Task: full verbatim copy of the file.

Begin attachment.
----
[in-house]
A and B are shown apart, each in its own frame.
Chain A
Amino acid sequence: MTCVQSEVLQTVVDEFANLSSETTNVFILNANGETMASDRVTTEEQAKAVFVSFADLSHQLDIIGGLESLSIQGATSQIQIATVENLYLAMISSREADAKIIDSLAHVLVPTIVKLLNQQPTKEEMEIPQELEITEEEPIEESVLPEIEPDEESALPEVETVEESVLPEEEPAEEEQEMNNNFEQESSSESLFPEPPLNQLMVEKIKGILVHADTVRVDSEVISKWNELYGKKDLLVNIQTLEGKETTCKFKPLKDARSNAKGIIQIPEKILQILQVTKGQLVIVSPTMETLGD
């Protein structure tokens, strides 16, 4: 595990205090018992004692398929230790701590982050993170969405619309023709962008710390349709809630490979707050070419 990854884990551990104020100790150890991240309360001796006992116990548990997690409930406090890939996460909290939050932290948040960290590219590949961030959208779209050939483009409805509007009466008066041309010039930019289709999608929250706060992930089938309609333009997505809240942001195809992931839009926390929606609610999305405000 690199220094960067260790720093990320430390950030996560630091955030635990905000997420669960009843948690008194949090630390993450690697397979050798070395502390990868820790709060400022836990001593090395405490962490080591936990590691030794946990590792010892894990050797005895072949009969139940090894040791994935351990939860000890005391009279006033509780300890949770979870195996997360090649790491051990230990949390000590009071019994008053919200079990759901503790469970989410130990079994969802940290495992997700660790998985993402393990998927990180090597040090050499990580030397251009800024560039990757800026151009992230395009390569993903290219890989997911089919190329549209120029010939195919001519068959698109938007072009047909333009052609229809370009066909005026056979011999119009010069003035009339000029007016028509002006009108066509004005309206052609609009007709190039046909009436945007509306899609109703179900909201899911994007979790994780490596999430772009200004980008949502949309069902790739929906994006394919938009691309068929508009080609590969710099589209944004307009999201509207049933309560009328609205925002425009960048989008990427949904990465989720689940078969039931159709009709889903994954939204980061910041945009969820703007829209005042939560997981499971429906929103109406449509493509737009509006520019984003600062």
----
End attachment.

[in-house]
A and B are shown apart, each in its own frame.
Chain A
Amino acid sequence: MTCVQSEVLQTVVDEFANLSSETTNVFILNANGETMASDRVTTEEQAKAVFVSFADLSHQLDIIGGLESLSIQGATSQIQIATVENLYLAMISSREADAKIIDSLAHVLVPTIVKLLNQQPTKEEMEIPQELEITEEEPIEESVLPEIEPDEESALPEVETVEESVLPEEEPAEEEQEMNNNFEQESSSESLFPEPPLNQLMVEKIKGILVHADTVRVDSEVISKWNELYGKKDLLVNIQTLEGKETTCKFKPLKDARSNAKGIIQIPEKILQILQVTKGQLVIVSPTMETLGD
């Protein structure tokens, strides 16, 4: 595990205090018992004692398929230790701590982050993170969405619309023709962008710390349709809630490979707050070419 990854884990551990104020100790150890991240309360001796006992116990548990997690409930406090890939996460909290939050932290948040960290590219590949961030959208779209050939483009409805509007009466008066041309010039930019289709999608929250706060992930089938309609333009997505809240942001195809992931839009926390929606609610999305405000 690199220094960067260790720093990320430390950030996560630091955030635990905000997420669960009843948690008194949090630390993450690697397979050798070395502390990868820790709060400022836990001593090395405490962490080591936990590691030794946990590792010892894990050797005895072949009969139940090894040791994935351990939860000890005391009279006033509780300890949770979870195996997360090649790491051990230990949390000590009071019994008053919200079990759901503790469970989410130990079994969802940290495992997700660790998985993402393990998927990180090597040090050499990580030397251009800024560039990757800026151009992230395009390569993903290219890989997911089919190329549209120029010939195919001519068959698109938007072009047909333009052609229809370009066909005026056979011999119009010069003035009339000029007016028509002006009108066509004005309206052609609009007709190039046909009436945007509306899609109703179900909201899911994007979790994780490596999430772009200004980008949502949309069902790739929906994006394919938009691309068929508009080609590969710099589209944004307009999201509207049933309560009328609205925002425009960048989008990427949904990465989720689940078969039931159709009709889903994954939204980061910041945009969820703007829209005042939560997981499971429906929103109406449509493509737009509006520019984003600062």